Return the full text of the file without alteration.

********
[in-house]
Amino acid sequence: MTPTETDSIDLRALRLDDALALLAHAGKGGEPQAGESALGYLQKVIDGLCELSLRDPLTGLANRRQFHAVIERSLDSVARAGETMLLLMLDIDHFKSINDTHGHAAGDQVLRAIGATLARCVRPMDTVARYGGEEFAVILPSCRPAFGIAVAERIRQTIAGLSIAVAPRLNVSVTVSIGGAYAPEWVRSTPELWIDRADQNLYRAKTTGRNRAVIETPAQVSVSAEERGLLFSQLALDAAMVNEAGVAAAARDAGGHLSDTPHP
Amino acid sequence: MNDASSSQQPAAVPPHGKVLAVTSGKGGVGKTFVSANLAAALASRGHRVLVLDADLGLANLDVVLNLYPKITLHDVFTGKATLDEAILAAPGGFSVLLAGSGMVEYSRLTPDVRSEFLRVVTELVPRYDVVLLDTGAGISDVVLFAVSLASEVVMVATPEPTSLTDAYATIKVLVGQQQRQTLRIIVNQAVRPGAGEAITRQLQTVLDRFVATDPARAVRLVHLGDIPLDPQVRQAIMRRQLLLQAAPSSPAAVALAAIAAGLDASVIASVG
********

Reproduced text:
[in-house]
Amino acid sequence: MTPTETDSIDLRALRLDDALALLAHAGKGGEPQAGESALGYLQKVIDGLCELSLRDPLTGLANRRQFHAVIERSLDSVARAGETMLLLMLDIDHFKSINDTHGHAAGDQVLRAIGATLARCVRPMDTVARYGGEEFAVILPSCRPAFGIAVAERIRQTIAGLSIAVAPRLNVSVTVSIGGAYAPEWVRSTPELWIDRADQNLYRAKTTGRNRAVIETPAQVSVSAEERGLLFSQLALDAAMVNEAGVAAAARDAGGHLSDTPHP
Amino acid sequence: MNDASSSQQPAAVPPHGKVLAVTSGKGGVGKTFVSANLAAALASRGHRVLVLDADLGLANLDVVLNLYPKITLHDVFTGKATLDEAILAAPGGFSVLLAGSGMVEYSRLTPDVRSEFLRVVTELVPRYDVVLLDTGAGISDVVLFAVSLASEVVMVATPEPTSLTDAYATIKVLVGQQQRQTLRIIVNQAVRPGAGEAITRQLQTVLDRFVATDPARAVRLVHLGDIPLDPQVRQAIMRRQLLLQAAPSSPAAVALAAIAAGLDASVIASVG